Supplementary Materials

ROI segmentation: it mainly introduces the software and the methods to segment the ROI of ultrasound image. Statistical feature extraction: it contains python code to perform the statistical feature extraction described in the article. Statistical feature extraction methodology: it mainly introduces the description and calculation method of statistical characteristics in detail. (Supplementary Materials)

References

  1. R. M. Walsh, J. C. Watkinson, and J. Franklyn, “The management of the solitary thyroid nodule: a review,” Clinical Otolaryngology & Allied Sciences, vol. 24, no. 5, pp. 388–397, 1999. View at: Publisher Site | Google Scholar
  2. American Cancer Society, What are the Key Statistics About Thyroid Cancer? American Cancer Society, Atlanta, GA, USA, 2014, http://www.cancer.org/Cancer/ThyroidCancer/DetailedGuide/thyroid-cancer-key-statistics.
  3. N. Singh Ospina, J. P. Brito, S. Maraka et al., “Diagnostic accuracy of ultrasound-guided fine needle aspiration biopsy for thyroid malignancy: systematic review and meta-analysis,” Endocrine, vol. 3, no. 53, pp. 651–661, 2016. View at: Publisher Site | Google Scholar
  4. L. Davies and H. G. Welch, “Current thyroid cancer trends in the United States,” JAMA Otolaryngology—Head & Neck Surgery, vol. 140, no. 4, p. 317, 2014. View at: Publisher Site | Google Scholar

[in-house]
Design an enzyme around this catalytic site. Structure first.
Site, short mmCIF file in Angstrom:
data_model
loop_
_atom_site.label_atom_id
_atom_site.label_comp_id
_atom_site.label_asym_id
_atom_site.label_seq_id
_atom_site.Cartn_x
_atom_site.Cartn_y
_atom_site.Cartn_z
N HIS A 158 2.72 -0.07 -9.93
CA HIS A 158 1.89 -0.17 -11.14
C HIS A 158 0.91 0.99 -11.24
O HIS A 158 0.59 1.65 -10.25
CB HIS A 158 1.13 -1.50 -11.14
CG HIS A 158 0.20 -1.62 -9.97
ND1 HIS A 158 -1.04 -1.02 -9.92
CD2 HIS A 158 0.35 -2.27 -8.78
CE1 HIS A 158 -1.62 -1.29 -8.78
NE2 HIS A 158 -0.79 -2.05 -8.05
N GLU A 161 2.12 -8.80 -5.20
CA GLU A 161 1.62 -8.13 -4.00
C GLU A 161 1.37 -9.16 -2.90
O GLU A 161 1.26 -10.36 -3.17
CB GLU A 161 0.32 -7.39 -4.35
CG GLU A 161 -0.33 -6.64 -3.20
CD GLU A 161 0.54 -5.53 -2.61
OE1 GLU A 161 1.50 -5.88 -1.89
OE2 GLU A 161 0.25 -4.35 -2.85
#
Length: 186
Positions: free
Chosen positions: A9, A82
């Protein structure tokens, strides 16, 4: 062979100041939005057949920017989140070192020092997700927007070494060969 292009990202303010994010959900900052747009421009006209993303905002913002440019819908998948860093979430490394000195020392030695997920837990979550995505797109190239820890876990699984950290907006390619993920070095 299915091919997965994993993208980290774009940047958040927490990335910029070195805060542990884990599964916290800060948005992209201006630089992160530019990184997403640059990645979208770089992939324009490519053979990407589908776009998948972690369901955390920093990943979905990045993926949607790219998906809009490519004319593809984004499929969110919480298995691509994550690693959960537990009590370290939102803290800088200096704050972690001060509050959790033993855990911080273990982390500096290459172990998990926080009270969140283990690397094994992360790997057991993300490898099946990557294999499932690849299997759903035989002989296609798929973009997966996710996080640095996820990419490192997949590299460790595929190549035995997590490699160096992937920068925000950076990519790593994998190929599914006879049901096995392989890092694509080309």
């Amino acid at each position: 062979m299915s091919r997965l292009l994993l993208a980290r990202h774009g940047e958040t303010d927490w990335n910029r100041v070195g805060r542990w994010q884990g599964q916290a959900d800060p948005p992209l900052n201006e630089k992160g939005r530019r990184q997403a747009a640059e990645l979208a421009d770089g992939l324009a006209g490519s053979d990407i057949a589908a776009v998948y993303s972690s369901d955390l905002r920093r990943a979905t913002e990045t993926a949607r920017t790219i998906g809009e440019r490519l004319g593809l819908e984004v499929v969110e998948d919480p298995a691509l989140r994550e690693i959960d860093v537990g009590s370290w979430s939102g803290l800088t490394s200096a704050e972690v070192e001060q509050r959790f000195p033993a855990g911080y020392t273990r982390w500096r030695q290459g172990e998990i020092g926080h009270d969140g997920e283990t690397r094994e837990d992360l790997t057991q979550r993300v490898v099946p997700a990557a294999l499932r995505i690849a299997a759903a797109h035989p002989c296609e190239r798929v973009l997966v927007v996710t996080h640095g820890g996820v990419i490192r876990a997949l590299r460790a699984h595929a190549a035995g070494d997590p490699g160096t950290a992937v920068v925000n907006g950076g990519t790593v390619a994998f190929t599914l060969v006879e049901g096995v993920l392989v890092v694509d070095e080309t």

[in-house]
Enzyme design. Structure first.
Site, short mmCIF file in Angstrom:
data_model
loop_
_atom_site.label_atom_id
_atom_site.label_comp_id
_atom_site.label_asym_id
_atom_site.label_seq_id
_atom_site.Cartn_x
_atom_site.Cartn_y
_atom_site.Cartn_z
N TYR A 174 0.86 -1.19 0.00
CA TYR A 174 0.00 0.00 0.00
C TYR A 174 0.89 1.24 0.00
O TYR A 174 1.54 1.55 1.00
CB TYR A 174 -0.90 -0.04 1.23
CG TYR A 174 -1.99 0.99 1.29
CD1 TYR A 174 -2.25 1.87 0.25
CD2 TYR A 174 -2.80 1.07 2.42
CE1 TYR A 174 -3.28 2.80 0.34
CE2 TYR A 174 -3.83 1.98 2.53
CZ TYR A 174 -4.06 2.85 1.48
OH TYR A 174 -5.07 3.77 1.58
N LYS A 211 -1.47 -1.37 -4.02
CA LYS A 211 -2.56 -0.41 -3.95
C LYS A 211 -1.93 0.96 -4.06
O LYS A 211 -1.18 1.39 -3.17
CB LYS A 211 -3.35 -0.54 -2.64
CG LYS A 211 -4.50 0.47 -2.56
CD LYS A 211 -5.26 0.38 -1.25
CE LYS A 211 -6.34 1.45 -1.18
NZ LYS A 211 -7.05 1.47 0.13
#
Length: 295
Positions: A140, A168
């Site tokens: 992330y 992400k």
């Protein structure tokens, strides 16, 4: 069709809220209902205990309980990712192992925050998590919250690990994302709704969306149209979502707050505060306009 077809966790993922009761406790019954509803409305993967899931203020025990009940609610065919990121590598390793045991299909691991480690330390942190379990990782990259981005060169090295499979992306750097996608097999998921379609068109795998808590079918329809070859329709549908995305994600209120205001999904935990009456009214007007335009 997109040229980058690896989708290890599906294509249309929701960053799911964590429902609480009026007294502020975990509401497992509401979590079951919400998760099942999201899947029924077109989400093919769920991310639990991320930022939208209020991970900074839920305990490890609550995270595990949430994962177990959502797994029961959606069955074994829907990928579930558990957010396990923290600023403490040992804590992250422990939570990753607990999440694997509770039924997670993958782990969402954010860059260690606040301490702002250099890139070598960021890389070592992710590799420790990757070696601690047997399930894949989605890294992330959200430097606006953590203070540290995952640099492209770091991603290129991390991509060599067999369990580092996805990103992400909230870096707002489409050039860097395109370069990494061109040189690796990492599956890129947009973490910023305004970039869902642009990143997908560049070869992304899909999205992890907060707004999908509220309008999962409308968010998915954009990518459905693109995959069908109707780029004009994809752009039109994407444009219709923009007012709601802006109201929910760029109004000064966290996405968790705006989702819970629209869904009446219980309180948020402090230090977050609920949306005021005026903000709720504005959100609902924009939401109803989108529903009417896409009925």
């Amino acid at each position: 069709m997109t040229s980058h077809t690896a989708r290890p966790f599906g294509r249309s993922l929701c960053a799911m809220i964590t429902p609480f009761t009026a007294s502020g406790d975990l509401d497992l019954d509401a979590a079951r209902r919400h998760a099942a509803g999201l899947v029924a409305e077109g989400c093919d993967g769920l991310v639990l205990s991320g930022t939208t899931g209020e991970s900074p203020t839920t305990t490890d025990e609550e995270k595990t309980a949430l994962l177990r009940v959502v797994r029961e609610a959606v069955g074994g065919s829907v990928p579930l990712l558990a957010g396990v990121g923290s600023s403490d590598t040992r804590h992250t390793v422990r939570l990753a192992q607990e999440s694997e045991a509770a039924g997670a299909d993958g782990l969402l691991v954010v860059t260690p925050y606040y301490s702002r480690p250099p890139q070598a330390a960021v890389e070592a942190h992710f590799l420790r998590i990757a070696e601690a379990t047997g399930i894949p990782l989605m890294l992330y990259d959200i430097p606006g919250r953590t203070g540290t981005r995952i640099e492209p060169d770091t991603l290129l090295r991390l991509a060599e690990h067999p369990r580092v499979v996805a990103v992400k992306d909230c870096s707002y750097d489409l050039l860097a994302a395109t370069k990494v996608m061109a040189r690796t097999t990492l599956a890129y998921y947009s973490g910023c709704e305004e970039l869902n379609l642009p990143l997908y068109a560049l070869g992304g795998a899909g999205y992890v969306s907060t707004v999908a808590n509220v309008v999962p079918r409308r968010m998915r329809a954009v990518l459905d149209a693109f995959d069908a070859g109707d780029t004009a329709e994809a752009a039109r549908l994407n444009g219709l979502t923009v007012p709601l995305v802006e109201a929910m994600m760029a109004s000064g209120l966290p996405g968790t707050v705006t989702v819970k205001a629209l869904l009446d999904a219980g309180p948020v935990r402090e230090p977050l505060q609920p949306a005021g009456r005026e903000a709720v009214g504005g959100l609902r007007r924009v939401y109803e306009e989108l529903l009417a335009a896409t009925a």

5. S. J. Mandel, “Diagnostic use of ultrasonography in patients with nodular thyroid disease,” Endocrine Practice, vol. 10, no. 3, pp. 246–252, 2004. View at: Publisher Site | Google Scholar
  6. J. R. Wienke, W. K. Chong, J. R. Fielding, K. H. Zou, and C. A. Mittelstaedt, “Sonographic features of benign thyroid nodules,” Journal of Ultrasound in Medicine, vol. 22, no. 10, pp. 1027–1031, 2003. View at: Publisher Site | Google Scholar
  7. Y. Xiao, J. Zeng, L. Niu et al., “Computer-aided diagnosis based on quantitative elastographic features with supersonic shear wave imaging,” Ultrasound in Medicine & Biology, vol. 40, no. 2, pp. 275–286, 2014. View at: Publisher Site | Google Scholar
  8. M. Mehrmohammadi, P. Song, D. D. Meixner et al., “Comb-push ultrasound shear elastography (cuse) for evaluation of thyroid nodules: preliminary in vivo results,” IEEE Transactions on Medical Imaging, vol. 34, no. 1, pp. 97–106, 2015. View at: Publisher Site | Google Scholar